Are those people really subcontractors or should you be treating them as employees? Make a mistake and it could drive you into bankruptcy.Are those people really subcontractors or should you be treating them as employees? Make a mistake and it could drive you into bankruptcy.
If the Canada Revenue Agency (CRA) deems that people you have been treating as subcontractors are in fact employees what are the ramifications to you? Would you believe that bankruptcy for both you personally and your business is a possibility?
Joe worked with you for three years; you paid him as a subcontractor. He had a business number, a GST number, and even covered his own Workers’ Compensation premiums. He sent you invoices each month and you paid them all. Surely that’s the end of it. Now Joe has left Canada and he didn’t file an income tax return for any of those three years. Each year you paid him $60,000 as a subcontractor plus GST, which he also failed to remit. Let’s ignore the GST and focus on the payroll items:
I am using approximate values and my numbers could be out by +or- 10%. Different provinces have different income tax rates and the rates for income tax, and the amounts subject to CPP and EI change each year. You would need to have an experienced payroll person review your numbers if you want to get accurate calculations.
Employee portion $955
Employer portion (1.4) $1,337
Employee portion $2,544
Employer portion $2,544
Income tax $12,000
One year Liability $19,380
Three years $58,140
Add penalty plus interest.
Now multiply that by the number of “Joes” that you have as subcontractors who should be employees and you will see where the bankruptcy looms. If you have four “Joes” in your system you are on the hook for well over $200,000 for a three-year period plus the penalties and interest.
These amounts are called “source deductions” by CRA and they are deemed Trust Liabilities. This means that all directors of the company can be held personally liable for these amounts. CRA may choose to only go after one director if they deem it the most prudent way for them to get their money back.
The advantage to Joe is that he has saved himself a lot of money each year, depending on how you crunch the numbers. His savings are around $15,000 a year—tax free. Plus he took approximately another $3,500 a year in GST. Over the three years Joe is ahead by about $55,000.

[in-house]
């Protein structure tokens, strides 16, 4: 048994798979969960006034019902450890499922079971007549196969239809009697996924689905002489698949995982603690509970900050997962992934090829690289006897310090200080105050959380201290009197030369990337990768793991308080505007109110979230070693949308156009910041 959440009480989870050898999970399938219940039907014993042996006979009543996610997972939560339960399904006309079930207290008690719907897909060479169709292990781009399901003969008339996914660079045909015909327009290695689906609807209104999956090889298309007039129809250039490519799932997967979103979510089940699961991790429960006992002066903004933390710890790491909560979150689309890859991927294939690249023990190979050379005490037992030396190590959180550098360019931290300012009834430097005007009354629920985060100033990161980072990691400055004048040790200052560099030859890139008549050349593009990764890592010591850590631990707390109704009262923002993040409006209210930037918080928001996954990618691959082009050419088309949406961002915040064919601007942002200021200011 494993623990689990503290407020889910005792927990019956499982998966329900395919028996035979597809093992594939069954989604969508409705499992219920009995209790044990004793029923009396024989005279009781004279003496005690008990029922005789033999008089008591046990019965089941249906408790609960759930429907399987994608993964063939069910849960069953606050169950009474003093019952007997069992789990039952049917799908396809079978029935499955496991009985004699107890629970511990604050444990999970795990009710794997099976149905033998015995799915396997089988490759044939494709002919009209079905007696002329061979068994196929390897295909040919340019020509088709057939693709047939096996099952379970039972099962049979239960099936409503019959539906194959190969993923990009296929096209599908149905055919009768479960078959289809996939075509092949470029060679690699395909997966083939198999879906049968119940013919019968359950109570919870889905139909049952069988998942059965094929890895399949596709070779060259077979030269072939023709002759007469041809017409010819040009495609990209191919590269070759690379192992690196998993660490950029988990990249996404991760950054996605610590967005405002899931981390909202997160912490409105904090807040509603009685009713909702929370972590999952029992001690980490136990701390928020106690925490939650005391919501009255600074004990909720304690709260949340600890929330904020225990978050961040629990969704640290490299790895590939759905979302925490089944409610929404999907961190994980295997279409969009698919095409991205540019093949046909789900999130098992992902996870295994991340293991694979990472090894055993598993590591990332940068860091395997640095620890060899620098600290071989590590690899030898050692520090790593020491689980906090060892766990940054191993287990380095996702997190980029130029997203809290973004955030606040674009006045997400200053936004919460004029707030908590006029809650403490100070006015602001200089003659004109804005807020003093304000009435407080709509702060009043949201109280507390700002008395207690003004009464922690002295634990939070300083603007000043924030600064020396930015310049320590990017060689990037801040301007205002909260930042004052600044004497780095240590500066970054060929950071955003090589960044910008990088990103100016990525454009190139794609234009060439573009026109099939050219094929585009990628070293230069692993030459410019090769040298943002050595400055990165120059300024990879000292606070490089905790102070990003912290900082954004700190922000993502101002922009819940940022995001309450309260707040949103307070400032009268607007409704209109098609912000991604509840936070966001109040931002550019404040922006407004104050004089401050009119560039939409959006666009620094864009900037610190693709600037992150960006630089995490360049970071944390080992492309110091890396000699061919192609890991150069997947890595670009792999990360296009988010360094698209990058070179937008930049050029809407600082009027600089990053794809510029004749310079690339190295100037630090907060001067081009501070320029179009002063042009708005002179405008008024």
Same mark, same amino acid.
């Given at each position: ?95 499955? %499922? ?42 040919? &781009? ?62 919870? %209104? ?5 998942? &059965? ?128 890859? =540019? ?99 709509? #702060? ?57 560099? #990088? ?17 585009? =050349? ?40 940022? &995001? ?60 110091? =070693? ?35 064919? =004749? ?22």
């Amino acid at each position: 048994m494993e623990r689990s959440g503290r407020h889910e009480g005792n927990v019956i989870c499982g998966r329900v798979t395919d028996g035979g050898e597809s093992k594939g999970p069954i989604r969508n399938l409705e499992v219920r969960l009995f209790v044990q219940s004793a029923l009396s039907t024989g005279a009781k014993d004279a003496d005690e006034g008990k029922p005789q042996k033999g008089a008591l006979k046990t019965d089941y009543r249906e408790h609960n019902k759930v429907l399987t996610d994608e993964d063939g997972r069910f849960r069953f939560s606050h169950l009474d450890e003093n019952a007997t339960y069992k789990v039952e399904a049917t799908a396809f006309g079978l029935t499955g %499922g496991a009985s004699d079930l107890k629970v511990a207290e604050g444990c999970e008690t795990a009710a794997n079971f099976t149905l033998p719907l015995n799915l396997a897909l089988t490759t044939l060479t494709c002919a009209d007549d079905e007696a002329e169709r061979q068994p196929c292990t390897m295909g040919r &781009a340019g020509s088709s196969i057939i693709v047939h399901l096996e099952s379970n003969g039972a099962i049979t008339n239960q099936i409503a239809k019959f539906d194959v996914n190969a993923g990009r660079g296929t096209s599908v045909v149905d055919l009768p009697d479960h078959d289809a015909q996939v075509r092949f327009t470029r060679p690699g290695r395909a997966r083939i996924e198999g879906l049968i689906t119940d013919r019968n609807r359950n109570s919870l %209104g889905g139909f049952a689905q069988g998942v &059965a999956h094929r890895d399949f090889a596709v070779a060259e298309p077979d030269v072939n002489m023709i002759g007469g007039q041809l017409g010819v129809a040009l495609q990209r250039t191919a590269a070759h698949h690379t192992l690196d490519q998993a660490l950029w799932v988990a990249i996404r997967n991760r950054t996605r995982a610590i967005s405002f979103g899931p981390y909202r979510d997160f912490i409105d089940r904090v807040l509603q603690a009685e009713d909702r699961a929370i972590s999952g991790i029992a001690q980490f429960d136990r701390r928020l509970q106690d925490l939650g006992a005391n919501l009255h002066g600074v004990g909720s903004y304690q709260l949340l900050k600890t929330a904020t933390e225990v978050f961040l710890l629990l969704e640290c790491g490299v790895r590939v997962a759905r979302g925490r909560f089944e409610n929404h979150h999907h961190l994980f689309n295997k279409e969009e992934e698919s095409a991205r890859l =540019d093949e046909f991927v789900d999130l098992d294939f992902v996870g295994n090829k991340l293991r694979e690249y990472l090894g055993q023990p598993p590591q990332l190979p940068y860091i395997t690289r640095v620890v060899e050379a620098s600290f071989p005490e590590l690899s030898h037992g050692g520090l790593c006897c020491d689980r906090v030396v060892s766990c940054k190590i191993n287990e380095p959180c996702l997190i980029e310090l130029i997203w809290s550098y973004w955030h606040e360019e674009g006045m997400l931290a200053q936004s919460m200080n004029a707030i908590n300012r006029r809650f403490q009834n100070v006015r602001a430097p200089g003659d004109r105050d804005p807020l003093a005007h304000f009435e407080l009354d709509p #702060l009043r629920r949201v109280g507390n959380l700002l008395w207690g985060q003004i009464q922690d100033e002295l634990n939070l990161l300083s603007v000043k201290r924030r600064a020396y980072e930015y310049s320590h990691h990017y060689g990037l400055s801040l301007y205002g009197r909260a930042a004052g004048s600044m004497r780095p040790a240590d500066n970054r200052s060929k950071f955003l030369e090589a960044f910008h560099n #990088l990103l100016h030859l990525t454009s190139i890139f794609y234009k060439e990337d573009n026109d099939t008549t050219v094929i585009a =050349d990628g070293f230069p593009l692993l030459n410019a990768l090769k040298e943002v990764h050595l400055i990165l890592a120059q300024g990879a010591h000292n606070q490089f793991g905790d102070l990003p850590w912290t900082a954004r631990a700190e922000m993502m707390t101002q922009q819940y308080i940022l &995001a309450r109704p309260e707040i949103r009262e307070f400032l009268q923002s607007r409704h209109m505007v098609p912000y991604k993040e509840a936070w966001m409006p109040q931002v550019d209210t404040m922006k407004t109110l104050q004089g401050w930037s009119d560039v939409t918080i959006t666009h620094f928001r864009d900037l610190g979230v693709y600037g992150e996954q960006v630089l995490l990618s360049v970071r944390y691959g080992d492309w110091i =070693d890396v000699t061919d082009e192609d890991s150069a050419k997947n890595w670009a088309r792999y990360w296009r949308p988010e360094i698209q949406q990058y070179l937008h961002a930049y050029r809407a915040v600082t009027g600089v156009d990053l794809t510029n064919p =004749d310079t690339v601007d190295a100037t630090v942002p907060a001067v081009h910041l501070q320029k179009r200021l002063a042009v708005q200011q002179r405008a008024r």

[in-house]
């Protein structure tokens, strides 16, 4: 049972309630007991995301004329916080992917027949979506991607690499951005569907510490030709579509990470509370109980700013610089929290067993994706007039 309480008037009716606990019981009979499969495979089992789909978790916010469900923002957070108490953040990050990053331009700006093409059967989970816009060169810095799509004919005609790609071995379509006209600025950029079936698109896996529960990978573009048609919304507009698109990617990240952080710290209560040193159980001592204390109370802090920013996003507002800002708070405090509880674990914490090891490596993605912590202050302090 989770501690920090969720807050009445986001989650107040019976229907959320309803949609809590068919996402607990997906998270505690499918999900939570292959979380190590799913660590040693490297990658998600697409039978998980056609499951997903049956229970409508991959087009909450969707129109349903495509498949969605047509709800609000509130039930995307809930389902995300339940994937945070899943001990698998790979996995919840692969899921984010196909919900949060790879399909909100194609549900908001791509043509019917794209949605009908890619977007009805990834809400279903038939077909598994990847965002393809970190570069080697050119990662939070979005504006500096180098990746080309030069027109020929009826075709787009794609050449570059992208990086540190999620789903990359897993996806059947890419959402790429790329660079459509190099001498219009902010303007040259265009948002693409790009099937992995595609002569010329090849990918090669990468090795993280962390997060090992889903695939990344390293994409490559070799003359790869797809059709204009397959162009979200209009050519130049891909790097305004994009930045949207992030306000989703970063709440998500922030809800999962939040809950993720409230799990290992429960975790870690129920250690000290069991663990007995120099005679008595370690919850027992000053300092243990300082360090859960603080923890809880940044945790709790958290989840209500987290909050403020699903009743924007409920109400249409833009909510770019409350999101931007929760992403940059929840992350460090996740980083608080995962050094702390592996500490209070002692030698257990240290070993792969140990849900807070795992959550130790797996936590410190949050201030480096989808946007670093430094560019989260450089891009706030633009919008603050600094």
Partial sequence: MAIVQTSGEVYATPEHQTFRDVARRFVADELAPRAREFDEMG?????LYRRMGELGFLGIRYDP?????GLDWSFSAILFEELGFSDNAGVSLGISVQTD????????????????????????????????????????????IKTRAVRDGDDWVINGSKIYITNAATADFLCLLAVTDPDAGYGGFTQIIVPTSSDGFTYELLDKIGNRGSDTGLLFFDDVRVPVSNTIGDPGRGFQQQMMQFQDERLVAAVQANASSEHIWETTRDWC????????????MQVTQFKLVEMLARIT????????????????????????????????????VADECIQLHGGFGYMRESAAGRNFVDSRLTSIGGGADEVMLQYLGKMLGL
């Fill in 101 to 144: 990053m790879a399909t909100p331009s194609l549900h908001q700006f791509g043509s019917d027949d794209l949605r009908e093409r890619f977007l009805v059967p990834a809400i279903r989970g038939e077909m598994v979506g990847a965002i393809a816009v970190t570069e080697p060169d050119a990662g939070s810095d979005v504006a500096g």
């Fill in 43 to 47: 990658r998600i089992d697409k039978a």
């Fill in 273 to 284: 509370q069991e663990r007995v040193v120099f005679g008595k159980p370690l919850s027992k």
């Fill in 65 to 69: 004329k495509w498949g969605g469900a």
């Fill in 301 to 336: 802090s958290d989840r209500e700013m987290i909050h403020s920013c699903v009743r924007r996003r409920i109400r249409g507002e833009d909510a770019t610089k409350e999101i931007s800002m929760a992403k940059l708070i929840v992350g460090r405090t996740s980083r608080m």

Many companies pay people as subcontractors when in fact they would be deemed employees by Canada Revenue Agency (CRA). If you do this and if CRA deems that these people should have been employees, you could face very serious costs. You could be held liable for the tax they or you failed to remit, plus the employee portion of Canada Pension Plan (CPP) and Employment Insurance (EI), plus the employer portion of these. In addition, you could be liable for penalties and interest and whatever cost you incur if you argue your case.
Although CRA won’t provide you with a specific definition of an employee compared to a subcontractor or independent contractor, there are questions that you should answer that will help you make the right decision.
The determination of whether someone is an employee or “self-employed” becomes important when determining entitlement to EI benefits, sick leave, vacation pay, and CPP, or the entitlement to claim expenses earned in business income.
According to Canada Revenue Agency, you are likely an employee if your employer:
• Decides where, when, and how the work is to be done
• Establishes your working hours
• Determines your salary amount
• Supervises your activities
• Assesses the quality of your work
You are likely self-employed if you:
• Control the time, place, and manner of performing your activities
• Supply your own equipment and tools, and assume the rental and maintenance costs
• Make a profit or incur a loss, and cover operating costs
• Integrate your client’s activities into your own business activities.